Quick! Think of a faster, better way to whitewash Pakistan
SA coach Ottis Gibson reckons Tests should be played at full throttle with results reached well inside five days
Bowlers haven’t had it this good in years. It is self evident in the fact that last year produced the most outright wins in the history of Test cricket.
SA coach Ottis Gibson and captain Faf du Plessis too are pushing a narrative that dictates that Test matches should be played at full throttle with conclusions reached well inside the prescribed five days. In the 14 Tests in charge of the national team, Gibson has yet to draw a Test. Last week’s win at Newlands to seal the series against Pakistan has emboldened the coach and the captain in their view that a four-pronged pace attack serves the team best on home turf.
The victory at Newlands means SA have won seven straight Test series on home soil. A large part of that success has been achieved with Keshav Maharaj operating as left arm spinner. The only series he was not involved in over that period was the one against New Zealand before he made his debut.
Du Plessis stressed after the Newlands Test, in which inconsistent bounce was the order of the day (and indeed of which he was a victim in compiling a fighting ton), that SA would be guided by a horses for courses approach in their selection. He said part of their thinking also factored in that Pakistan’s batsmen play spin well, which of course taps into the hosts’ strategy.
To be fair, prudent selection strategies through the ages have mostly revolved around selecting horses for courses. What is different, however, is that SA has had to consider what gives them the greatest advantage on their increasingly hard to predict surfaces.
The one at Newlands misbehaved as early as the second day, and it certainly served SA’s best interests then that they had more bowlers capable of hitting the 145km/h mark than Pakistan. Being unsure of the bounce at that speed can make batting a deeply perilous exercise.
Maharaj has apparently been told of the role he is likely to play in future. At the moment Dale Steyn, Kagiso Rabada, Vernon Philander and Duanne Olivier hold the starting berths, while Lungi Ngidi will more than likely rock that boat once he returns from fitness.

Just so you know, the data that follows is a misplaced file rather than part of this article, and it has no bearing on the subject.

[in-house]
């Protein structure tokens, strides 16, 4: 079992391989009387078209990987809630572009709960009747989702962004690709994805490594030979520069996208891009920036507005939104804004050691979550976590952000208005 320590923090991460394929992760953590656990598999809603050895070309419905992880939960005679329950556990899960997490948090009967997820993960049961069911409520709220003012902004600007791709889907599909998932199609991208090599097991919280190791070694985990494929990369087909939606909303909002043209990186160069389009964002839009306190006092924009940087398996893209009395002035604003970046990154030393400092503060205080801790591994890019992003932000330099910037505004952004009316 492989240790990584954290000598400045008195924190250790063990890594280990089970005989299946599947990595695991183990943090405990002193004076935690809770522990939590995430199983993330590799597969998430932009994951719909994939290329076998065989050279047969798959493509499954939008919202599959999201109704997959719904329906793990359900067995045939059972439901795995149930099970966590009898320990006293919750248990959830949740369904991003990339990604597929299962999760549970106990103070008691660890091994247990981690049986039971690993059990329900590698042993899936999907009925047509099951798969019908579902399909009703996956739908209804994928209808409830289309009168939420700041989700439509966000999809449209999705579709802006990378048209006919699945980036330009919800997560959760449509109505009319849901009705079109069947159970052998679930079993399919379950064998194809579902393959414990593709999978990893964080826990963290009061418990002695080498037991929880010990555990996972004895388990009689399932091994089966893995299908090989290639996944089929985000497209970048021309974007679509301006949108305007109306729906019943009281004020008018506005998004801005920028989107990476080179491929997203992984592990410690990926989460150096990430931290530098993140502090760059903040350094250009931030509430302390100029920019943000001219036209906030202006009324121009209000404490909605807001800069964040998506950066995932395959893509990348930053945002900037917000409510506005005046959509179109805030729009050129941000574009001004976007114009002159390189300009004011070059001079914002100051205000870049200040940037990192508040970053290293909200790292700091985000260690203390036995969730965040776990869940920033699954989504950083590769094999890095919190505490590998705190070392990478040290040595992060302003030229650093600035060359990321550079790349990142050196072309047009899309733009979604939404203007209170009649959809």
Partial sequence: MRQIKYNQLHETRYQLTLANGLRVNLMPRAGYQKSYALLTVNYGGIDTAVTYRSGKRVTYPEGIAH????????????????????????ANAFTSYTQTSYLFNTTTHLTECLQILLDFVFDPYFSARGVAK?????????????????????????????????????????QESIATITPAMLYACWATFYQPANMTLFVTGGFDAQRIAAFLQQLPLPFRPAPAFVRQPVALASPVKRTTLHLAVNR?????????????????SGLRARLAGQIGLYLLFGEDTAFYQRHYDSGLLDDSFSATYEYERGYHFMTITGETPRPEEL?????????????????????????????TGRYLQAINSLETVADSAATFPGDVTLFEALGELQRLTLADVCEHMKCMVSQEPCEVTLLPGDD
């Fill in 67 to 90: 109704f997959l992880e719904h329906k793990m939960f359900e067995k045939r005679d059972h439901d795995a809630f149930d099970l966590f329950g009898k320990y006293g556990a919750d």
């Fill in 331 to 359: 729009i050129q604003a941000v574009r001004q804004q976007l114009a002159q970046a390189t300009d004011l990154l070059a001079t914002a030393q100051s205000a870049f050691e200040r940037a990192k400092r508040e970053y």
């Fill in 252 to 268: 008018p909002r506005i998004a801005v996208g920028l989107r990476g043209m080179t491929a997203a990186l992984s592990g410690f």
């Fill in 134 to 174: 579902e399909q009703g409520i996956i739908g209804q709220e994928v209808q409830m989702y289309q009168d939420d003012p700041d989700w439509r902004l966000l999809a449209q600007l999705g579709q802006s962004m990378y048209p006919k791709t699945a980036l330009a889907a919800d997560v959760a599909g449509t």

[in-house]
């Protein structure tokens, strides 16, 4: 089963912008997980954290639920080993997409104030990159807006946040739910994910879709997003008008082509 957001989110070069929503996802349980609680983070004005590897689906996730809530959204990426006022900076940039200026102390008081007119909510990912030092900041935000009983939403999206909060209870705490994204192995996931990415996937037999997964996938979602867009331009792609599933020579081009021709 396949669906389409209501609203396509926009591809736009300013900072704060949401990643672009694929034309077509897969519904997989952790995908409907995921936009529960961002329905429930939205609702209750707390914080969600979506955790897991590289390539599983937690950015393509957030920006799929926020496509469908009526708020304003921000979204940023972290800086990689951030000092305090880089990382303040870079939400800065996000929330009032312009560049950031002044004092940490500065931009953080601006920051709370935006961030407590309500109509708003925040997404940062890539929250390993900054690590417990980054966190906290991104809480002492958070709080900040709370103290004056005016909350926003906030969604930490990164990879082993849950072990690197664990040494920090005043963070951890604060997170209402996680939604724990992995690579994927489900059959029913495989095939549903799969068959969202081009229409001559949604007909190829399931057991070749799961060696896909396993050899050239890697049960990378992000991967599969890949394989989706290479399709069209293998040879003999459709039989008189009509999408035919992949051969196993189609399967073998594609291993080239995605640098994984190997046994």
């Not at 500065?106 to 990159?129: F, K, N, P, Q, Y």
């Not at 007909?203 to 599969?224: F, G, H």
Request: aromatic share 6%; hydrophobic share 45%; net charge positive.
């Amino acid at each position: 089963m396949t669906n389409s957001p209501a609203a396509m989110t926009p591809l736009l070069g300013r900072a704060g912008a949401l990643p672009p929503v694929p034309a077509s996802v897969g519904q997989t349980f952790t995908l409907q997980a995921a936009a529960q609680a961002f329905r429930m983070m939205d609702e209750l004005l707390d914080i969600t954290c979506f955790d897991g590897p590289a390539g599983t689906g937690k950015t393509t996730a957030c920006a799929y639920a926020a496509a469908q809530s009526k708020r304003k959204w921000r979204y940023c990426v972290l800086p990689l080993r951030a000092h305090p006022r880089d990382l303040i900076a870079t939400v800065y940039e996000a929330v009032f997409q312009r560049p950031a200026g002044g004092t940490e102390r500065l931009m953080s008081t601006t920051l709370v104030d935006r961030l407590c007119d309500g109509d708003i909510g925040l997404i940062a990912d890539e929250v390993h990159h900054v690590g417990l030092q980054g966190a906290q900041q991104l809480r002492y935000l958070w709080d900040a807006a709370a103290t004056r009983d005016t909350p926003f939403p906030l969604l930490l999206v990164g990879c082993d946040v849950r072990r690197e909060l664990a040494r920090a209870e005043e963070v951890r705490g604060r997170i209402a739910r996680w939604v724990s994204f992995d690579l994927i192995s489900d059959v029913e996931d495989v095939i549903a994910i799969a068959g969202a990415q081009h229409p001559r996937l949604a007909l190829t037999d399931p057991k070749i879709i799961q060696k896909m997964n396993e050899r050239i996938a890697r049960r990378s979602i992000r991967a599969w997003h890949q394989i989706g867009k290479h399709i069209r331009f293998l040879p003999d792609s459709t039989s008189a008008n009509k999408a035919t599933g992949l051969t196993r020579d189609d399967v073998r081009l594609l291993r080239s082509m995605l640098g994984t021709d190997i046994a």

Spare a thought for Maharaj. Du Plessis described him as the country’s best spinner, and will continue to hold that position for some time to come – although Dane Piedt’s feats over past months warrants his name to be added to the debate.
As a former quick, Gibson is partial to a speed quartet. He grew up in an era when a great many Test series were decided by the quicks.
He is happy with the balance of the side but concedes having a genuine bowling allrounder such as Chris Morris (when fit) might improve his team.
Graeme Smith recently criticised Morris’s devotion to the white ball stuff. That’s where the money is. Morris was sold for $625,000 at the 2013 IPL auction and fetched $1m three years later.
A fit and motivated Morris can be a wonderful addition to the Proteas. He hits the deck at lively pace and extracts disconcerting bounce. Endowed with long levers, Morris can be a devastatingly destructive batsman, while his reach in the field, especially in the slip cordon, can be handy.
He has played in only four Tests (all against England), averaging 24 with the bat and 38 with the ball. He disappointed in his last Test and may still be paying for the sins of SA’s 239-run defeat to England at the Oval in 2017. He took three wickets in that Test but conceded at a rate of 5.75 in 28 overs.
Morris will have to fight his way back into the side and will have the added baggage of having to excel at both disciplines to change the selectors’ thinking.
In the last two matches Gibson’s quicks claimed all 40 wickets and Pakistan is unlikely to bring him to a different conviction by the end of the Wanderers Test.